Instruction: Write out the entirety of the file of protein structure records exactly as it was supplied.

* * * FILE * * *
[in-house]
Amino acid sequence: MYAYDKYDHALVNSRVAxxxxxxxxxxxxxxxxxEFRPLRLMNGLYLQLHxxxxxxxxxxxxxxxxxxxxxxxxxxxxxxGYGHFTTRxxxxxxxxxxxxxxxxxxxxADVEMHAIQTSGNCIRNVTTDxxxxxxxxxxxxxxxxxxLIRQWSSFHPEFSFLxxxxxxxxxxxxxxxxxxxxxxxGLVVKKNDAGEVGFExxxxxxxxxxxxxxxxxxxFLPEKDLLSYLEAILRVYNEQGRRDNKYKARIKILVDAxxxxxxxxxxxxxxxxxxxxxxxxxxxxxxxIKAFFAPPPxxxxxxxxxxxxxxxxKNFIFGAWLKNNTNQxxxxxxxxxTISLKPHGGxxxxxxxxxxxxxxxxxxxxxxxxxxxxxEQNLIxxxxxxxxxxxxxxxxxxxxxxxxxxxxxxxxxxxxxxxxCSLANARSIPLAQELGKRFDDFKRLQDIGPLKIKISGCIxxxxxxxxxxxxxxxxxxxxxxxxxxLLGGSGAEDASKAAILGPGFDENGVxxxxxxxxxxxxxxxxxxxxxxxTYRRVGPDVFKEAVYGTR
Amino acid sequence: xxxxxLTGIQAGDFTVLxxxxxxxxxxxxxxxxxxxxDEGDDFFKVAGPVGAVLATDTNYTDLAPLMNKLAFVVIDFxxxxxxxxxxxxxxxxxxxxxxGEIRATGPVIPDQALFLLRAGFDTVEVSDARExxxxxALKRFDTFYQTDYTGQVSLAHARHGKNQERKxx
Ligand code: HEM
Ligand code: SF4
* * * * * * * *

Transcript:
[in-house]
Amino acid sequence: MYAYDKYDHALVNSRVAxxxxxxxxxxxxxxxxxEFRPLRLMNGLYLQLHxxxxxxxxxxxxxxxxxxxxxxxxxxxxxxGYGHFTTRxxxxxxxxxxxxxxxxxxxxADVEMHAIQTSGNCIRNVTTDxxxxxxxxxxxxxxxxxxLIRQWSSFHPEFSFLxxxxxxxxxxxxxxxxxxxxxxxGLVVKKNDAGEVGFExxxxxxxxxxxxxxxxxxxFLPEKDLLSYLEAILRVYNEQGRRDNKYKARIKILVDAxxxxxxxxxxxxxxxxxxxxxxxxxxxxxxxIKAFFAPPPxxxxxxxxxxxxxxxxKNFIFGAWLKNNTNQxxxxxxxxxTISLKPHGGxxxxxxxxxxxxxxxxxxxxxxxxxxxxxEQNLIxxxxxxxxxxxxxxxxxxxxxxxxxxxxxxxxxxxxxxxxCSLANARSIPLAQELGKRFDDFKRLQDIGPLKIKISGCIxxxxxxxxxxxxxxxxxxxxxxxxxxLLGGSGAEDASKAAILGPGFDENGVxxxxxxxxxxxxxxxxxxxxxxxTYRRVGPDVFKEAVYGTR
Amino acid sequence: xxxxxLTGIQAGDFTVLxxxxxxxxxxxxxxxxxxxxDEGDDFFKVAGPVGAVLATDTNYTDLAPLMNKLAFVVIDFxxxxxxxxxxxxxxxxxxxxxxGEIRATGPVIPDQALFLLRAGFDTVEVSDARExxxxxALKRFDTFYQTDYTGQVSLAHARHGKNQERKxx
Ligand code: HEM
Ligand code: SF4